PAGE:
ID #1106

Conducting Introductory Flights by Ralph Butcher

Use the priciple of primacy when introducing individuals to general aviation.

Insights  :  Ralph Butcher


Introductory Flights


Use the principle of primacy


"Be a pilot. Stop dreaming. Start flying." You undoubtedly know about this successful program--sponsored by AOPA and other aviation entities--which was developed to promote flying with a $49 (now $59) introductory flight at participating flight schools.


As an active participant, I was surprised when someone from the program called to complain because "we do stalls" during these flights. That call reminded me of what I frequently see in today's media: Something is taken out of context and reported, which generates an erroneous assumption by the reader or viewer.


Years ago, I realized the benefit of an introductory flight for people who were contemplating flying--and for people who just walked in the door and signed up for lessons. Consequently, I made that flight the first lesson in my private pilot flight training syllabus in order to take full advantage of the principle of primacy, which the FAA Aviation Instructor's Handbook, FAA H-8083-9, defines as "The state of being first, often creates a strong, almost unshakable, impression."


Most people when introduced to flying have three deep-seated beliefs: The flight instruments are critical--you can't be without them. Stalling an airplane is extremely dangerous. Engine failure will result in a crash.


The erroneous thinking regarding flight instruments is understandable. During my years of airline flying, the first comment that nonpilots would make when they visited the cockpit was, "Wow, look at all those instruments!" That made an everlasting impression on what, in their opinion, it took to fly an airplane.


For the introductory flight, I start applying the principle of primacy as we walk out to the airplane. At some point I stop and tell the person that this is when a pilot evaluates airport wind conditions and traffic flow. Wind direction and velocity is a critical concern to all pilots at all times.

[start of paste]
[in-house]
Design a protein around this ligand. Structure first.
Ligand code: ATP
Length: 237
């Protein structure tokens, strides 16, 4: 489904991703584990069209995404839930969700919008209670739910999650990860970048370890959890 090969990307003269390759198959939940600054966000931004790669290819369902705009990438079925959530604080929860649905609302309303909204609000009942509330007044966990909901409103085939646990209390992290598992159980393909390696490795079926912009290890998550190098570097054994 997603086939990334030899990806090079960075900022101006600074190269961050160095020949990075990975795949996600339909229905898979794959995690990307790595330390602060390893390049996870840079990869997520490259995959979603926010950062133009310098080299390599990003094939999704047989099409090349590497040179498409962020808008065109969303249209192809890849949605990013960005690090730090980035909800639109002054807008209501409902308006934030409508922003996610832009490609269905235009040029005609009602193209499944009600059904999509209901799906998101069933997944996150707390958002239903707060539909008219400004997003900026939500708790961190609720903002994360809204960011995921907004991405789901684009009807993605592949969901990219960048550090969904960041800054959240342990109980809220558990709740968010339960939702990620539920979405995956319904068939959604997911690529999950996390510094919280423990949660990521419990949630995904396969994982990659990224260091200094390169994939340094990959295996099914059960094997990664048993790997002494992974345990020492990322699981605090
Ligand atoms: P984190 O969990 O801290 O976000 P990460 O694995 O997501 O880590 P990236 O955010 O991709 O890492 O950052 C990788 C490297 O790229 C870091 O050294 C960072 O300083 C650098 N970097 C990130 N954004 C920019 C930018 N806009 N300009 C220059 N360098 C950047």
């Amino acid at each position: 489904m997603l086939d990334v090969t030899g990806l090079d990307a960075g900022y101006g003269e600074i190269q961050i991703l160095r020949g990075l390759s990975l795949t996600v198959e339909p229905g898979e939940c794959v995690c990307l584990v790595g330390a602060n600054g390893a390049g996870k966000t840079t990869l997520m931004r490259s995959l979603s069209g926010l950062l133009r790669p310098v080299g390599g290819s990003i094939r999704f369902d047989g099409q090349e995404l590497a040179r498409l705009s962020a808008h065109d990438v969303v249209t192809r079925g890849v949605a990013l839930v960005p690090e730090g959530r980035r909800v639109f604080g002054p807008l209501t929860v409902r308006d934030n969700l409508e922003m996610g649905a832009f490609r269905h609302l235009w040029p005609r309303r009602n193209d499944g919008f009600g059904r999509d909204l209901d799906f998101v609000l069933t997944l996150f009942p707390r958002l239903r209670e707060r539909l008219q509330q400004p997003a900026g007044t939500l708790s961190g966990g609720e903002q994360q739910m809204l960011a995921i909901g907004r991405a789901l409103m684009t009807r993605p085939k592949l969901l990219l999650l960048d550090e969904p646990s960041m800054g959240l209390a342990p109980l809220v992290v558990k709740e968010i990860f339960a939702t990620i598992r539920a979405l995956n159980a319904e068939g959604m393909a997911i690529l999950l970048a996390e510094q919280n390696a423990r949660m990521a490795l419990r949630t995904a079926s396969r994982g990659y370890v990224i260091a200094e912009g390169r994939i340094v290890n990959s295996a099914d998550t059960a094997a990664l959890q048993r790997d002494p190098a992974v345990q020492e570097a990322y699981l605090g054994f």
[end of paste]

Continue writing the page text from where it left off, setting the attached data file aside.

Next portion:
At the airplane, I explain the importance of the preflight inspection, and as I perform that task, I explain how the flight controls and the wing work: The wing pushes the air down and because of the wing's shape, the air pressure above the wing is reduced. Short and sweet. They'll learn the technical reasons at the proper time.


In the cockpit, I explain why pilots use checklists. Humans make mistakes, and aviation safety mandates that we back up our actions with written checklists at specific times.


I then cover up the six flight instruments with one half of a manila file folder and explain that the instruments are not needed to fly the airplane safely, providing the pilot has a full understanding of airplane attitude--which I define--and engine power relationships, knowledge that's easy to acquire with proper instruction. I keep the instruments covered for the entire flight, which makes it much easier for an instructor to keep the student's eyes outside the cockpit during subsequent lessons should they occur.


After engine start and when on the taxiway, I have the individual taxi the airplane. I explain that when turning the airplane on the ground the control yoke is not rotated, as they would turn the steering wheel in a car, and that the relative position of both rudder pedals is opposite to that of a bicycle's handlebar.


After takeoff, I fly toward our scenic coastline, point out familiar landmarks, and let the person experiment with the flight controls and fly for a few minutes; I then ask him to stay on the controls while I perform an imminent stall. This is a gentle, power-off, flaps-up approach to a stall with a power-off recovery. When the initial buffeting occurs, I explain what's happening and have him push the nose down and observe that the buffeting stopped. Stall recovery is quite simple, and with proper use of the flight controls and the throttle, there is no way that the airplane will do something that he can't control.


While still at idle power, I trim for the glide and again have him fly the airplane. I explain that if the engine had quit--something that's highly unlikely--the airplane would remain fully controllable and fly exactly as it's now doing. He will be taught proper flight planning and how to pick out suitable forced-landing areas so that he can always land the airplane safely. We then return to the airport and conclude the flight.


No one has ever walked away from one of these flights without extreme enthusiasm. Little do they know that I have dispelled many myths and created a few insights that will make it much easier for an instructor to teach them how to fly.

Ralph Butcher, a retired United Airlines captain, is the chief flight instructor at a California flight school. He has been flying since 1959 and has 25,000 hours in fixed- and rotary-wing aircraft.



"Insights - Introductory Flights" by Ralph Butcher

AOPA's Flight Training magazine

May 2006, page 66


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